Those who labor in the earth are the chosen people of God, Thomas Jefferson famously opined in his Notes on the State of Virginia, adding, in what sounds like a snarky aside, “if ever he had a chosen people.” Jefferson maintained that God made the breasts of farmers “his peculiar deposit for substantial and genuine virtue.”
Champion of religious liberty and religious minorities, Jefferson in these words was making clear that, whether or not a Supreme Being was the source of farmers’ blessedness, there was something about the activity of cultivation, of familiarity with the land, of obedience to its rhythms and seasons to coax bounty forth, that made for better citizens. Farmers seemed meritorious to Jefferson for a range of reasons. They were active and independent. They looked “up to heaven” and “to their own soil and industry” for their flourishing. Therefore they were ready for liberty and self-government.
Indeed, agriculture seemed to our third president so foolproof a way to encourage human flourishing that he ventured, “Corruption of morals in the mass of cultivators is a phenomenon of which no age nor nation has furnished an example.” That is: woe betide the nation whose farmers fall into misery.
Jefferson’s words haunt when spoken over a mental-health crisis troubling some farm states, as reported in a recent NPR segment. Some agricultural sectors prosper but in others, the failure not only of crops and prices but a way of life is causing grief, leading to substance-abuse problems, overdose, and suicide. America’s life expectancy rate declined for the third year in a row, announced Center for Disease Control. The NPR report on farmers’ mental health notes that Minnesota’s suicide rate has risen forty percent in the last several decades.
The Minnesota state department of agriculture retains services of a psychologist to address farmer stress. That psychologist, Ted Matthews,offers some insight into what is troubling farmers. Unlike others who might be unhappy in their jobs, farmers can’t just quit and do something else. For the farmer, a job might also be a home and a whole way of life. life. At stake is not only income but identity, land and a living passed down from one generation to the next. It is no small thing to let go. Some farmers might feel guilty about losing their farms, Matthews speculates, even if it were not their fault.
Matthews presents the example of dairy farmers as among the most beleaguered–a job nobody would do unless they were born into it, he quips. Twelve hours every day for seven days a week every day of the year. “Sell out as fast as you can,” is the advice offered to small dairy farmers in an NBC investigation of their plight. Exhausted by the work and disappointed by earnings from it, farmers can become depressed, “truly isolated,” in Matthews’s words, as their spouses work in town. Substance abuse is no surprising response to true isolation.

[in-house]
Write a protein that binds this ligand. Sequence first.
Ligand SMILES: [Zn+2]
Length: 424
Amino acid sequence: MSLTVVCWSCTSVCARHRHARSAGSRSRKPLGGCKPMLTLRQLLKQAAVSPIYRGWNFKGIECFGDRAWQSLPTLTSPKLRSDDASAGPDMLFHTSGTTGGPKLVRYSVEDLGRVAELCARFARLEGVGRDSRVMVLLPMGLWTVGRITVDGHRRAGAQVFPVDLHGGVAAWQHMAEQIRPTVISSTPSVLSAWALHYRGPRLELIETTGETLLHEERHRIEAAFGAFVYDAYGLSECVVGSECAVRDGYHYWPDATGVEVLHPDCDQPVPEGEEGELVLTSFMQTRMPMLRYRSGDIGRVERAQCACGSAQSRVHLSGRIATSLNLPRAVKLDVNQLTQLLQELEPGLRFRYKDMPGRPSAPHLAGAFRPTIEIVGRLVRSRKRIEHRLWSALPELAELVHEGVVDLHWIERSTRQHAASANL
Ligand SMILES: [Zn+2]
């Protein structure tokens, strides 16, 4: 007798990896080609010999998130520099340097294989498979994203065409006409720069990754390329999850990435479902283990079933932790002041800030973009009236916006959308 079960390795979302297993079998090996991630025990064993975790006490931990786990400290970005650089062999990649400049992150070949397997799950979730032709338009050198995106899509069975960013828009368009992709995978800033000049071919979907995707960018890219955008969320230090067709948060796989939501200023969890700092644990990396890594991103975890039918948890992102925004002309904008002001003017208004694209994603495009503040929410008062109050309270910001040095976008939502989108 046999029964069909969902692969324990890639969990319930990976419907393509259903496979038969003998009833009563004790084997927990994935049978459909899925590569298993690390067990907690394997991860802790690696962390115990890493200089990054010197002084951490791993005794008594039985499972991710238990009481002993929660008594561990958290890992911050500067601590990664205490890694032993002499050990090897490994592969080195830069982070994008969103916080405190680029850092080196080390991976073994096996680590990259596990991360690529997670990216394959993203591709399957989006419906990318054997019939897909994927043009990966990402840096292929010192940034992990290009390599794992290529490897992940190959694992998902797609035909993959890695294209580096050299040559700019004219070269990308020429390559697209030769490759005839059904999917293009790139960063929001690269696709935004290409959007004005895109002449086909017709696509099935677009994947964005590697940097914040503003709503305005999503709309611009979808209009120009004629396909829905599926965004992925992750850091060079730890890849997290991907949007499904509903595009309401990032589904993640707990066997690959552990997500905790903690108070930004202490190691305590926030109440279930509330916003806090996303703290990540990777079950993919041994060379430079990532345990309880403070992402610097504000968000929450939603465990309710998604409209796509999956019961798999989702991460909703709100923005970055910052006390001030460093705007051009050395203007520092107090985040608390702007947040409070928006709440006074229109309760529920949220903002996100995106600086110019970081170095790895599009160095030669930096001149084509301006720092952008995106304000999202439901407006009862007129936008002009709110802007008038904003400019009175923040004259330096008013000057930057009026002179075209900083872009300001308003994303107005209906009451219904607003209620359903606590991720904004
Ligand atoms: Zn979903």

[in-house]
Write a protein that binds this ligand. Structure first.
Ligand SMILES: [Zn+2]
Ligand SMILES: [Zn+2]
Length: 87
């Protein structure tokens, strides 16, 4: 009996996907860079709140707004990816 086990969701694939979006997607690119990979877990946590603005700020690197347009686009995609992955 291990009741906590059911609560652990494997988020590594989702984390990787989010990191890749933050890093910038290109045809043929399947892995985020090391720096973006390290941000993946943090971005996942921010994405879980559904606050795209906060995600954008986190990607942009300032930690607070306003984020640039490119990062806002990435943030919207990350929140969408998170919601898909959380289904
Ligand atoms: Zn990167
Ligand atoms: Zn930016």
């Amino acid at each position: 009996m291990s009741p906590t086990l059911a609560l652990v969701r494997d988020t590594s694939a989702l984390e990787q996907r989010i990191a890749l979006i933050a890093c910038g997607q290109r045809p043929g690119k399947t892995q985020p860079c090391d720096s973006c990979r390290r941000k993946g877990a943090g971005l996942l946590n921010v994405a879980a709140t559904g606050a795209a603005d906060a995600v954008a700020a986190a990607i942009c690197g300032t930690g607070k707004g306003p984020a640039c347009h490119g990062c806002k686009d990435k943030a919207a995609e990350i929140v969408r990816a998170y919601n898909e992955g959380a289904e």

This is not only the farmer’s problem. It is ours.
Floods of commentary in recent years mark food supply as inescapably a moral question , connected to politics as much as to health concerns, connected to justice as much as to the environment. We rely on the labor of others to produce the food we eat. Food-movement conversations, it is hoped, may have made us care about the safety and wholeness not only of food itself but of the people who produce it. We depend on them. They are not dispensable.
No! No! No! would say Thomas Jefferson. And Wendell Berry. And lots of others. To be sure, farms already use plenty of machinery and technology to get crops from field to market. But this kind of creative destruction ignores features of farming central to Americans’ sense of its importance. What matters about farming is not only the food it produces but the way it uses land and creatures in production, the way its disciplines shape the farmer, and the way relationships build among those who produce and consume food.
We all should be uneasy that, this winter, the future looks so bleak to those who put bounty on our tables that some of them refuse life. Matthews helpfully offers mental-health resources for the problem. Neither economic nor therapeutic resources may be sufficient to the need. The problem, loneliness, is a spiritual one too. There is no reason to single out the Land of 10,000 Lakes. These stresses belong to all of us and admit no easy solution. Nevertheless, the buyer of milk or butter or cheese, or anything else we take with our daily bread, might start by caring who makes what we put on our tables.
Minnesotans do “look up to heaven”: about 74% of those in the state identify as Christian and 5% other religions, according to a 2014 Pew Research study of America’s religious landscape. What difference does that make? Beyond what we may want to claim as obvious, finding God a refuge and strength present in trouble, that upward gaze recalls that the earth is not for our despoiling, that vocations are honorable, that justice and mercy are proper pursuits, that loving neighbor is our call.
We might take reflection on this as a discipline of the season, this season spent anticipating good news from angels’ trumpets. After all, their glad tidings, Immanuel, was a promise of deliverance from human isolation.